Hurricane Irma is a massive storm in the Atlantic Ocean that residents of Miami and South Florida should already be preparing for.
As of the National Hurricane Center’s public advisory that was released at 11 a.m. ET (Wednesday, September 5), Irma remains a Category 5 hurricane moving west northwest at a speed of 16 miles per hour with maximum sustained winds of 185 miles per hour, which places it among the strongest hurricanes in history. It has a minimum pressure of 916 millibars.
Miami remains in the cone, which does not represent the size of the storm but rather the center’s potential path. Much of South Florida has a 70-to-80 percent probability of experiencing tropical storm-force winds, according to the National Hurricane Center’s 2 a.m. update. Those winds are expected to hit South Florida Friday night morning at the earliest, per the NHC graphic down below.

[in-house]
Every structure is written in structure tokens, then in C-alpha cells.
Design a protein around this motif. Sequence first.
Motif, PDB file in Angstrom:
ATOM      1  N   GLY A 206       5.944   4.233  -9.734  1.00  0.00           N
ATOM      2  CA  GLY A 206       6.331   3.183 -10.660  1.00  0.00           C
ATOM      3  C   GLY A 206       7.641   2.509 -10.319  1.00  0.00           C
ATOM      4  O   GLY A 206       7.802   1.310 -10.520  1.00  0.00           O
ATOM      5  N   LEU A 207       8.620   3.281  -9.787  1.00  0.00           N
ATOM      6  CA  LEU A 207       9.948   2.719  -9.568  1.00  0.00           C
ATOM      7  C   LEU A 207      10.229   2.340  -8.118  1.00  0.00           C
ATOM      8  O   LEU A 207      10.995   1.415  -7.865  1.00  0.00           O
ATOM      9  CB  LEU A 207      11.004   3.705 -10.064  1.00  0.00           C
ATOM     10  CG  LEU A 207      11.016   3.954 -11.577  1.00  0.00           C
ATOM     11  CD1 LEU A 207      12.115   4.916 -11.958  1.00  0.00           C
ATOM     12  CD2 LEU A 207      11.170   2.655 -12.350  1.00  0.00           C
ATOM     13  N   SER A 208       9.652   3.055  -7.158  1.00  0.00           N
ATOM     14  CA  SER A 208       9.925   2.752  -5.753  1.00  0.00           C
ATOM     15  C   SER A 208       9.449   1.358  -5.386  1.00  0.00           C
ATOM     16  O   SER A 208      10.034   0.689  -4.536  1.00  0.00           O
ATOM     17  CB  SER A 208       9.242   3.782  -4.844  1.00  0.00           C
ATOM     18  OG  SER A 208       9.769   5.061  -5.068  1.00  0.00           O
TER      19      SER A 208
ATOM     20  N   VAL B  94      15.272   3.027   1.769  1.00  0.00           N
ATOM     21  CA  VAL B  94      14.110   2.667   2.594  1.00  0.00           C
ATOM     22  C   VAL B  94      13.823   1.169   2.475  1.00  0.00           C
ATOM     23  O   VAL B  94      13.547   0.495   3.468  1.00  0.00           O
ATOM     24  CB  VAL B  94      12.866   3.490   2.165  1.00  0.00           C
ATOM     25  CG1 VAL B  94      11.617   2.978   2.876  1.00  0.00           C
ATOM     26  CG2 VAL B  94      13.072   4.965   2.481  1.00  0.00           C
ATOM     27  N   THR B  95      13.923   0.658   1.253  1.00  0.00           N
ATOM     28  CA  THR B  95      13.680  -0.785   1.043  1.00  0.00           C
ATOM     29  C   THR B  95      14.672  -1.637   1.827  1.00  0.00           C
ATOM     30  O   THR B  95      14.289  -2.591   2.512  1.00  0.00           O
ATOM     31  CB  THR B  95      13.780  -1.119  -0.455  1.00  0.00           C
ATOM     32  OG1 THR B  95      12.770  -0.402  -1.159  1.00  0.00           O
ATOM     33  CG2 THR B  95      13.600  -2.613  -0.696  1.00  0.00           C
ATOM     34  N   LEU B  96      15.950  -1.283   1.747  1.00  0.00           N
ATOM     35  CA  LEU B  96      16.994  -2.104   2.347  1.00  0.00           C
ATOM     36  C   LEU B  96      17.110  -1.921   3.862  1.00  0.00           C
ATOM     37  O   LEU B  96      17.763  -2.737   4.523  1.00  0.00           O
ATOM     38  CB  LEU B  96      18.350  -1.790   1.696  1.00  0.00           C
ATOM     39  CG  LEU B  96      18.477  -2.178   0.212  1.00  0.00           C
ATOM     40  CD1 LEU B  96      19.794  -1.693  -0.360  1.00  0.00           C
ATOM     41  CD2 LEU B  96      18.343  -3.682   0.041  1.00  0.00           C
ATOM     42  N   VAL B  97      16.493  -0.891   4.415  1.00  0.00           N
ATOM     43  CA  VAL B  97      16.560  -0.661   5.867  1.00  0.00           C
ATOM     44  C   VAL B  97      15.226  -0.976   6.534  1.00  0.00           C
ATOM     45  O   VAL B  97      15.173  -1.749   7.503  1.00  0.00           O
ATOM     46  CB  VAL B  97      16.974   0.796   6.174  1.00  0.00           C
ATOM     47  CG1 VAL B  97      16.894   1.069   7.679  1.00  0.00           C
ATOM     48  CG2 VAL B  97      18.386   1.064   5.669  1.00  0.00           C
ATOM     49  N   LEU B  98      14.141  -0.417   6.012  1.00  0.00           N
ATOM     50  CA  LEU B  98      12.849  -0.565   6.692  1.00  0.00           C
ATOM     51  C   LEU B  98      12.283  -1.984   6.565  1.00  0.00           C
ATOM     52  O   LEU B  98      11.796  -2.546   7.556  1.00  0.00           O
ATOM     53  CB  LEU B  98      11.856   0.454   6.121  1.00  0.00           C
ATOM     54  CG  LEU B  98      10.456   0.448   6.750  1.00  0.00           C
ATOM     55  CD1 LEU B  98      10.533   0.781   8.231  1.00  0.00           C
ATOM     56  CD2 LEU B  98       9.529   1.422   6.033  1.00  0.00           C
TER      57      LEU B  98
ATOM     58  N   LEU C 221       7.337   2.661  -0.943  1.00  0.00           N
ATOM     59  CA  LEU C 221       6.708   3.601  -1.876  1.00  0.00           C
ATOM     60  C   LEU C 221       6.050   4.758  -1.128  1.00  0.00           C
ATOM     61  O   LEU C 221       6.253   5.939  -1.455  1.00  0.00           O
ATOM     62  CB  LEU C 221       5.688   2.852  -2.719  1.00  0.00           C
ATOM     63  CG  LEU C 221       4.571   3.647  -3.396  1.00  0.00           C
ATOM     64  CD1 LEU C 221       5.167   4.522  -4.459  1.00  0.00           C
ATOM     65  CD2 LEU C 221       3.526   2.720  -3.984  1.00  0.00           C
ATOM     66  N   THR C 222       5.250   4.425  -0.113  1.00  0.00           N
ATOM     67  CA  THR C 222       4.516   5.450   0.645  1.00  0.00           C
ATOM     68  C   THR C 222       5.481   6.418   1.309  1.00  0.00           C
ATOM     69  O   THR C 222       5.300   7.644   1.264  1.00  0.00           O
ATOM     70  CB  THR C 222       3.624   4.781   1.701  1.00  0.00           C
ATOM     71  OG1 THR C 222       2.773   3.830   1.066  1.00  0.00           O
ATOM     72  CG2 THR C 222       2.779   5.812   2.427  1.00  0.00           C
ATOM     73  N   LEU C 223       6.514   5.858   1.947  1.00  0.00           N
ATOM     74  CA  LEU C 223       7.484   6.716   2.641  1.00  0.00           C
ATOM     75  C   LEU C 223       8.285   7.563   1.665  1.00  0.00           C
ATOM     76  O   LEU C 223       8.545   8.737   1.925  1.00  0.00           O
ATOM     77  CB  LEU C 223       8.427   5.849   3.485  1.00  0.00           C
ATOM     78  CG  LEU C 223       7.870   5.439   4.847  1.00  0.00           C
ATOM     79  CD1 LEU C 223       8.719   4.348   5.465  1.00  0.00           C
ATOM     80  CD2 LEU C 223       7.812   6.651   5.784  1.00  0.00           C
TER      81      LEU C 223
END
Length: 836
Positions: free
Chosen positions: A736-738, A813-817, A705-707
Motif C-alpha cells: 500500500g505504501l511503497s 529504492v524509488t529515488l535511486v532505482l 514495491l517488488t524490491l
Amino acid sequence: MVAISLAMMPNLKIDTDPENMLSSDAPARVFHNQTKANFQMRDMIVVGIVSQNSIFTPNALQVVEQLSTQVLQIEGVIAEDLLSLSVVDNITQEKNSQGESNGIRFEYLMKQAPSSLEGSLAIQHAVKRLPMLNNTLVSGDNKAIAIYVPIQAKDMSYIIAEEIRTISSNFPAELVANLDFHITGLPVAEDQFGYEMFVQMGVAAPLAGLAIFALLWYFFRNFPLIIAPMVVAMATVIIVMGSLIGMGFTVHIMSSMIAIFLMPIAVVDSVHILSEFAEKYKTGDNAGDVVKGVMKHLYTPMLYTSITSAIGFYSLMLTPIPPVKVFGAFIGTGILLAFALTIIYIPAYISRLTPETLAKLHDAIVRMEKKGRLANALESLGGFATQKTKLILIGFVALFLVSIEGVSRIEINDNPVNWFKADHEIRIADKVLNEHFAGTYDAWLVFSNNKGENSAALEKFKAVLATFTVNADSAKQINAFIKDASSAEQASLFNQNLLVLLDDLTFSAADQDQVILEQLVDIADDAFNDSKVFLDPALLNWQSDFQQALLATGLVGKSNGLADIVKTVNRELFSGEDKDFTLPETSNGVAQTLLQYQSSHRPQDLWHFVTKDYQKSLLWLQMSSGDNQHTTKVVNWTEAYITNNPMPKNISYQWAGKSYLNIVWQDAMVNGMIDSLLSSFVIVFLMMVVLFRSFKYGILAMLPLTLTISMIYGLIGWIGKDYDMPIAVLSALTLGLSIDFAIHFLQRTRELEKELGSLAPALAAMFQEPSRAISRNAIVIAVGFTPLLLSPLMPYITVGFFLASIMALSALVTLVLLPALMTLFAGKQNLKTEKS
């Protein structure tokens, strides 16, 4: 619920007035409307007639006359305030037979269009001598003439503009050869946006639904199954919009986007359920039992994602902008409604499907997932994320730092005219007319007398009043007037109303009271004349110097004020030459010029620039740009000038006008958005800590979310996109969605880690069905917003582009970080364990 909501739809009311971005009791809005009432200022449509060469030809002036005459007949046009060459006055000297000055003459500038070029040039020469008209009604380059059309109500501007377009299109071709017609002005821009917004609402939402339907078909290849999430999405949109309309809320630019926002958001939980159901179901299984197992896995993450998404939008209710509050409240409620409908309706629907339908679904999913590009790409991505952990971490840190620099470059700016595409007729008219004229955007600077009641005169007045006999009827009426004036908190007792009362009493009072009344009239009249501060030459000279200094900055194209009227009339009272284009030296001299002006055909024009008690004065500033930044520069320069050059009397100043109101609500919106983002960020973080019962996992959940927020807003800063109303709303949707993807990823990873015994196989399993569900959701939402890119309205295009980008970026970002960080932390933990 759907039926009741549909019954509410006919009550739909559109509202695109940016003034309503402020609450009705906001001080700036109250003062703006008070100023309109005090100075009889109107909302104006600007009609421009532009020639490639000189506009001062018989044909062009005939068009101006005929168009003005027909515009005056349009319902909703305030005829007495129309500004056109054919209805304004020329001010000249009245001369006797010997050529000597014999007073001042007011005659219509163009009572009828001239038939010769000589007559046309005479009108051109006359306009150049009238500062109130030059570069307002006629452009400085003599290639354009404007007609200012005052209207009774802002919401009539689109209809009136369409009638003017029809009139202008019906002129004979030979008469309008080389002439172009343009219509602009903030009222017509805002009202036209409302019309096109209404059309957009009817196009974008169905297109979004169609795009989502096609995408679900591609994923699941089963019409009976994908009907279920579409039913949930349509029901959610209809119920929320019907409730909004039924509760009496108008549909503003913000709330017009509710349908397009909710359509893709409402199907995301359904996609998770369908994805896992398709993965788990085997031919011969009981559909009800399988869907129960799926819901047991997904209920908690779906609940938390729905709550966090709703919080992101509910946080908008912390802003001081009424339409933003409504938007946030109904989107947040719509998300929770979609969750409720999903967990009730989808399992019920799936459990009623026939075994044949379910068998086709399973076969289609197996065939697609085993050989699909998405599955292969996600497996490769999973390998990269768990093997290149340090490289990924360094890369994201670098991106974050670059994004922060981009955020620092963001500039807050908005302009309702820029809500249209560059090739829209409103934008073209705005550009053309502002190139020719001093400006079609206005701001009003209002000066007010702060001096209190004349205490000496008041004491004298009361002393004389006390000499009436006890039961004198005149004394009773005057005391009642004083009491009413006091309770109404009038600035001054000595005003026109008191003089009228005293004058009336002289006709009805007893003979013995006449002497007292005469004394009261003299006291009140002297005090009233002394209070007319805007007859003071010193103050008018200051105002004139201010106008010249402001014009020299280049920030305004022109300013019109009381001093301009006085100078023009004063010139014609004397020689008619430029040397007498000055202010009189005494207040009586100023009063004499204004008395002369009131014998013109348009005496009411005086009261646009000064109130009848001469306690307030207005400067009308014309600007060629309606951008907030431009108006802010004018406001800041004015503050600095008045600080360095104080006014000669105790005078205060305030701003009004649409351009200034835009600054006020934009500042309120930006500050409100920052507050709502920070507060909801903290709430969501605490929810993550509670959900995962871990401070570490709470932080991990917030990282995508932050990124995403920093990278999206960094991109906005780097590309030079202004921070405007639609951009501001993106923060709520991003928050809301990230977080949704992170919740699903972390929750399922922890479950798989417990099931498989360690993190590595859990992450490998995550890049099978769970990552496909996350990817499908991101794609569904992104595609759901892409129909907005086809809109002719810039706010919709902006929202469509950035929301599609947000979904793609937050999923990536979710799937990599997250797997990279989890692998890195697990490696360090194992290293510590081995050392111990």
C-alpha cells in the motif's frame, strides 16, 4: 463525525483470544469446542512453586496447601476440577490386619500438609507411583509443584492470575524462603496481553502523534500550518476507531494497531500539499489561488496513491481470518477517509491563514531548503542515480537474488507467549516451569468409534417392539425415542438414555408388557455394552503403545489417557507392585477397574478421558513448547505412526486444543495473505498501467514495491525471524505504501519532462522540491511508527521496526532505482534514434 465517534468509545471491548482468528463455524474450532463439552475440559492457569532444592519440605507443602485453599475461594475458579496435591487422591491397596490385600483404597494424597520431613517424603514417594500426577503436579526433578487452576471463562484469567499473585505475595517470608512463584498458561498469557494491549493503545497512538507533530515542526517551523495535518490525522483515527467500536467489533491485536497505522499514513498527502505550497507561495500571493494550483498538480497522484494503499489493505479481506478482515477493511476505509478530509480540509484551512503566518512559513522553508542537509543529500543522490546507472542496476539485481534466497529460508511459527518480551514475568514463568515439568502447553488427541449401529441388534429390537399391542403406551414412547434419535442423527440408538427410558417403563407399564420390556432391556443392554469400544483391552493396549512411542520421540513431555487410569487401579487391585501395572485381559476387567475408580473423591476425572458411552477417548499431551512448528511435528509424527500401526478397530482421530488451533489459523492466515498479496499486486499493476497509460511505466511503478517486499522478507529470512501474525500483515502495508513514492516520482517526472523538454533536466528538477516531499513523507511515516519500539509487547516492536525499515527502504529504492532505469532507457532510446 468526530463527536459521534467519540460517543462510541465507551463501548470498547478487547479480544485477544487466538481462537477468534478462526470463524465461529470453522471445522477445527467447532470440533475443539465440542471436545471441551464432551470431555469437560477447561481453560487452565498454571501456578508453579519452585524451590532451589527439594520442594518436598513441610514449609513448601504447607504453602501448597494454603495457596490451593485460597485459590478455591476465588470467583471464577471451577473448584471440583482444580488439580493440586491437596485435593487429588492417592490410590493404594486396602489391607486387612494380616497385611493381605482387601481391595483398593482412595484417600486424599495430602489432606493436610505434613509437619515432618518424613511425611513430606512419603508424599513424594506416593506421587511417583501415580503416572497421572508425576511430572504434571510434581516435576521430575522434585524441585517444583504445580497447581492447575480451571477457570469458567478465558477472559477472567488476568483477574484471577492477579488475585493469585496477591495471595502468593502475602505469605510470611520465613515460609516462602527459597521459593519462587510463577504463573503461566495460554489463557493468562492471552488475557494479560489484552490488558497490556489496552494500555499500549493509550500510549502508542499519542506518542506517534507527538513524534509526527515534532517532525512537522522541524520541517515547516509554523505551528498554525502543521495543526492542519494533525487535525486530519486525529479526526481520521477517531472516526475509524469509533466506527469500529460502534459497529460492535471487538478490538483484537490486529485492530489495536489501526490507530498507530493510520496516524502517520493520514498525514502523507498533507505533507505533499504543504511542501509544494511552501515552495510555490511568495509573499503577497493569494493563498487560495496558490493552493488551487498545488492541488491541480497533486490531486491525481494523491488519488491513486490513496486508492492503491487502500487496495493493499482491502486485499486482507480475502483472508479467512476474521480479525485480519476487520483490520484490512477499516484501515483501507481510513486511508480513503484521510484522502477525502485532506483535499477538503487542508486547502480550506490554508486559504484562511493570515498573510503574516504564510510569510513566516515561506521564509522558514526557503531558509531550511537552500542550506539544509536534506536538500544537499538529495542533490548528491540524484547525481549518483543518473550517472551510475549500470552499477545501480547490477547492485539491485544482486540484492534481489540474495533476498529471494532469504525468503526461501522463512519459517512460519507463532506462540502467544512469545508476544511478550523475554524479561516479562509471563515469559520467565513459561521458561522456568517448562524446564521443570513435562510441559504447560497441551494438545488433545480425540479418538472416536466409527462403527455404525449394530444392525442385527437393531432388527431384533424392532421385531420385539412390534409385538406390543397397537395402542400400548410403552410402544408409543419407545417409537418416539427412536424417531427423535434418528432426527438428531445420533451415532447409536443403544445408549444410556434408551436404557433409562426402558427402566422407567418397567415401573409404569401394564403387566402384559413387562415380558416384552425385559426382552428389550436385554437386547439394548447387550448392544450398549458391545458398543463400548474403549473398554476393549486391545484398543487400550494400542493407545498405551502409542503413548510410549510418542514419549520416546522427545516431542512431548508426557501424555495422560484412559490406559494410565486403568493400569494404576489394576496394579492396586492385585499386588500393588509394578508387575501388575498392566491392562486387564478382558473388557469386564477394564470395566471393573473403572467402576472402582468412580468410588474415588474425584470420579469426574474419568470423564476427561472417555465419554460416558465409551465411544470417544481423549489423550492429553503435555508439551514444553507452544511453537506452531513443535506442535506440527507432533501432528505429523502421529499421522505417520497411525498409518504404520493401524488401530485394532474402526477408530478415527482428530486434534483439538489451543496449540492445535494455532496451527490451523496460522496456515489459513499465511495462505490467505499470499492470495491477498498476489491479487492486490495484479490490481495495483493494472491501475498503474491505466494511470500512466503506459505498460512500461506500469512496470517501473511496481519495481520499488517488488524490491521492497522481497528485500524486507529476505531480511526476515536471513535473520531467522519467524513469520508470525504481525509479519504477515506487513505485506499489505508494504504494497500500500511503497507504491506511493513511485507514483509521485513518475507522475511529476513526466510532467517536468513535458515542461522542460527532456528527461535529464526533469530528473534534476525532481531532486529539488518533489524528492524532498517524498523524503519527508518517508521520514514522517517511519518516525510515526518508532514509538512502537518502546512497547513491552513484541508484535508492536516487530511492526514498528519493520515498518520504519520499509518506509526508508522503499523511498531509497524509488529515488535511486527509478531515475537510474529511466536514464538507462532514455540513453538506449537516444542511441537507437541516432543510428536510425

Most of the latest computer models show the storm turning north sooner than meteorologists initially anticipated, with the eye tracking north on the east side of Florida out in the Atlantic. Obviously these models are very fluid.
Yesterday, Miami-Dade Mayor Carlos A. Giménez announced evacuations could be called for as early as Wednesday for Zones A and B. Check this map to see if you’re in those areas. Meanwhile, Miami Beach’s mayor asked asked residents to voluntarily evacuate on Tuesday.
Schools in Miami-Dade, Broward, and Palm Beach will be closed Thursday and Friday while Monroe County (Florida Keys) schools will be closed indefinitely beginning on Wednesday. The University of Miami announced classes on Wednesday, Thursday, and Friday have been canceled as well and Miami-Dade County offices will be closed on Thursday and Friday.
The Miami Hurricanes’ road game at Arkansas State, planned for this Saturday, has been canceled. The NFL declared the Miami Dolphins’ home matchup with the Tampa Buccaneers will not be played on Sunday, though they haven’t made an official decision whether it could be played elsewhere or moved back later in the season.
Note: This post was last updated on Tuesday morning at 8:30 a.m. Please note the times on the images below, as not all of them are updated with each NHC update. We’ll update this as we receive new info.